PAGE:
Ukrainian dry breakdown, Russian quotas and consumer rush have propelled oils, from sunflower to rapeseed, to staggering price levels, in a very volatile world market where cereals are holding up very high.
Ukraine can no longer supply as much, Russia introduces quotas
Ukraine, which provided 50% of the world trade in sunflower oil, can no longer export because of the war: the ports are blocked and according to kyiv, road and rail allow flow to the West less than half a million tons of goods per month, mainly cereals, ten times less than before the conflict.
Russia, which exports 28% of the world’s sunflower oil, has just introduced a quota for foreign sales of this yellow gold, after increasing export taxes by 20% in early April.
The threat of a shortage and high oil prices have boosted all oilseeds (rapeseed, sunflower, soy, palm), which are used to produce oils, animal feed and are also used as agrofuels.
Result: soybean oil has gained 16.5% since the beginning of April on the American market, canola (Canadian GMO rapeseed) brushed past its absolute record on Tuesday and rapeseed has been prancing since Friday above 1,000 euros per tonne for a delivery in May on the European market, a record.
Consumers empty supermarket shelves
On the shelves of supermarkets, from Paris to Barcelona, sunflower oil is quickly running out, with consumers rushing for the precious bottles, the price of which is now approaching that of olive oil. Some brands have imposed quotas – five liters per customer per day at Mercadona or Corte Inglés in Madrid.
In March, food prices reached their “highest levels ever recorded”, driven by vegetable oils whose FAO index “jumped by 23.2%”, according to the April report of the Food and Agriculture Organization of the United Nations.
“The demand is there and the crisis lasts”, a cocktail likely to “keep prices at high levels for a while”, comments Damien Vercambre, broker at Inter-Courtage.
Especially since the war intervened in an already very tense context for oils, after a difficult year 2021 and when a poor soybean harvest is expected in South America.
Seedlings in Europe to the rescue
All eyes are now on the next campaign, with the start of sunflower sowing in Europe.
In France, the European Union’s leading oilseed producer, farmers are preparing to sow more rapeseed this year: areas are expected to increase by 18.4% compared to 2021, to 1.2 million hectares, while those in soft wheat will decline by 3.9%, according to the Ministry of Agriculture.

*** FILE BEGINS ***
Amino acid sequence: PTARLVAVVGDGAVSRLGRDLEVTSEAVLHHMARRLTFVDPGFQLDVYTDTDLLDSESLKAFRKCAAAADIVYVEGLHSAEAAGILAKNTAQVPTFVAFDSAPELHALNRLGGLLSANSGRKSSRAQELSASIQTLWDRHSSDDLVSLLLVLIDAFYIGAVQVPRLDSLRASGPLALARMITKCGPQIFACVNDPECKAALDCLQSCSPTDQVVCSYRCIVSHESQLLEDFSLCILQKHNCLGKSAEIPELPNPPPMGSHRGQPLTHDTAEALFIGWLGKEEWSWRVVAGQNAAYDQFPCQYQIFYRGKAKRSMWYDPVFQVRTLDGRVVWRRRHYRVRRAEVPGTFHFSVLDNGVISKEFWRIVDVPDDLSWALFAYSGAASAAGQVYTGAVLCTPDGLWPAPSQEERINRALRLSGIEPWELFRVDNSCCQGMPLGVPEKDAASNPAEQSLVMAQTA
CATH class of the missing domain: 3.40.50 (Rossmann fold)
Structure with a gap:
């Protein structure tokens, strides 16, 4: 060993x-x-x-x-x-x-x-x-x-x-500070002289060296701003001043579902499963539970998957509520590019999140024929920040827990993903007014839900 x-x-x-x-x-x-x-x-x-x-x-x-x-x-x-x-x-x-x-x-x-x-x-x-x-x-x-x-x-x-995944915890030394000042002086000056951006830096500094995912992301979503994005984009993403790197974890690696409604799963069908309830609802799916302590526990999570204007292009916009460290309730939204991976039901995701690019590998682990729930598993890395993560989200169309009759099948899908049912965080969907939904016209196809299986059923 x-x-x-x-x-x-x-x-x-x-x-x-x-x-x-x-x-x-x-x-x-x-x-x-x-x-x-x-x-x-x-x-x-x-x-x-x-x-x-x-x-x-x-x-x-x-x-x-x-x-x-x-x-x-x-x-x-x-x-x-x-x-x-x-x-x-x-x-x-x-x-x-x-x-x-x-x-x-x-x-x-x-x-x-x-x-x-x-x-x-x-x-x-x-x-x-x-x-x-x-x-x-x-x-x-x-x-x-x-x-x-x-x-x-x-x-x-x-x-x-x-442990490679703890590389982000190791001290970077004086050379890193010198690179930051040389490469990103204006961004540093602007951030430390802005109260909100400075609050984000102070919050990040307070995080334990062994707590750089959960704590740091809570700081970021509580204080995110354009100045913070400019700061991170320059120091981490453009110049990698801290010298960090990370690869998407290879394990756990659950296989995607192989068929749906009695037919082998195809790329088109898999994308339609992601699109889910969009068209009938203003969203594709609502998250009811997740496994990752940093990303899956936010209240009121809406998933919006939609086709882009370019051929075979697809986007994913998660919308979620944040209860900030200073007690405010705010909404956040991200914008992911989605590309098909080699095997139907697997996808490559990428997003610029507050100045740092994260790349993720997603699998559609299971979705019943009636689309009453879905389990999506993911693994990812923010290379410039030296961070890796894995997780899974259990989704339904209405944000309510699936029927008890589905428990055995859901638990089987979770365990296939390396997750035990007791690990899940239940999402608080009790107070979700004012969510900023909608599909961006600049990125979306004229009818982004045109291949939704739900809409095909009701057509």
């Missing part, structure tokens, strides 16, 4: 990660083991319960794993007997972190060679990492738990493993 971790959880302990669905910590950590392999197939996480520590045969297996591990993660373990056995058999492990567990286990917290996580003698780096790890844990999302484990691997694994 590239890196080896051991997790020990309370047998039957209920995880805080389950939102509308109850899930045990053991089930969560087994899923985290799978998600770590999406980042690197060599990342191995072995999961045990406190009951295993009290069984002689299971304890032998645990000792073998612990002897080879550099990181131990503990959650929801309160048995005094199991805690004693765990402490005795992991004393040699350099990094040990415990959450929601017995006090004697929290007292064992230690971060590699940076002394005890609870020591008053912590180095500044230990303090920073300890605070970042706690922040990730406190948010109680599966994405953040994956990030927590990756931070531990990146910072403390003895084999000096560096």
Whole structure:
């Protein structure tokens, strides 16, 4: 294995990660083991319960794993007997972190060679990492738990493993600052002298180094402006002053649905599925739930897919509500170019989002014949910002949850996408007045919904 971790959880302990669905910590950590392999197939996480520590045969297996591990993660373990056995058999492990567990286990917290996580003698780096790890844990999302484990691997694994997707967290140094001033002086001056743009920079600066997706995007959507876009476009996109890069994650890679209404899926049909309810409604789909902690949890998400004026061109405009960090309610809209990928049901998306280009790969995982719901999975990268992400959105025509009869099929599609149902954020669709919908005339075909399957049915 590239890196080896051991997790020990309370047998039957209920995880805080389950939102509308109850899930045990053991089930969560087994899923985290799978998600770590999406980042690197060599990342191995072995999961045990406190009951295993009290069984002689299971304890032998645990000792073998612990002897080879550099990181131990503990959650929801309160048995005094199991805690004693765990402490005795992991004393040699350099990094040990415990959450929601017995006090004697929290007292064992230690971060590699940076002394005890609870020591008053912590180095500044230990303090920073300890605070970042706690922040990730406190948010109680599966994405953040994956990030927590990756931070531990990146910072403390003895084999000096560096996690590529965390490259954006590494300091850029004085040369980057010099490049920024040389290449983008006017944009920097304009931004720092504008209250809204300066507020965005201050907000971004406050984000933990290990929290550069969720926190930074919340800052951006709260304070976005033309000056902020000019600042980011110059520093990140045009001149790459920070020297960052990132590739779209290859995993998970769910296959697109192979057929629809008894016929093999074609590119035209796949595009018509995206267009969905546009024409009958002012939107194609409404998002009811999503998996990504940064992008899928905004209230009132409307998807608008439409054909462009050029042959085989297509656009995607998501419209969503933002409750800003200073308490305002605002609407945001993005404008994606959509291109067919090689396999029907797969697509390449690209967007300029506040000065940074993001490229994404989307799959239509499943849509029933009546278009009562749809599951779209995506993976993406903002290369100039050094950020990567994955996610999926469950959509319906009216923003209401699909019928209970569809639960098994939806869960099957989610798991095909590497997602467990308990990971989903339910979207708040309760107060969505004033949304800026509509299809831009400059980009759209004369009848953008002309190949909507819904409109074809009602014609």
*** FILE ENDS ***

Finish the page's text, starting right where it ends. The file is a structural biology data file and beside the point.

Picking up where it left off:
In the United States, we have “never seen anything like it”
In the United States, where sowing begins in May-June, John Sandbakken, executive director of the national association of sunflower growers, reports numerous calls from producers seeking to increase their acreage, in the United States and Canada.
The US Department of Agriculture is counting on a 10% increase in sunflower areas but is betting “rather on an increase of 20 or even 25%”: “I have been in the business for 26 years and I have never seen anything like. »
War and droughts make the market “nervous”
Major cereals, wheat and corn, also remained at very high market prices, close to their peaks in March.
“Over the past two decades, we have become accustomed to global supply being just in time,” explains Arlan Suderman, economist on the StoneX platform. “Demand was growing faster than supply” and supply was “just in time”.
The situation has been aggravated by the “supply shock” created by the war in Ukraine, to which is added the drought in Latin America and in the American wheat plains: “All this combines to make these markets very nervous. »
On Euronext, around 12:30 p.m., soft wheat was selling at 400 euros per tonne for delivery in May and corn at 331 euros for June. Rapeseed soared to 1,040 euros per tonne for May.
On the Chicago Stock Exchange, shortly before the opening, the price of wheat of the SRW variety reached 11.10 dollars a bushel and corn 8.01 dollars for deliveries in June. Soybeans were listed at $16.99.
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Shortages. Sunflower and rapeseed oils, the new yellow gold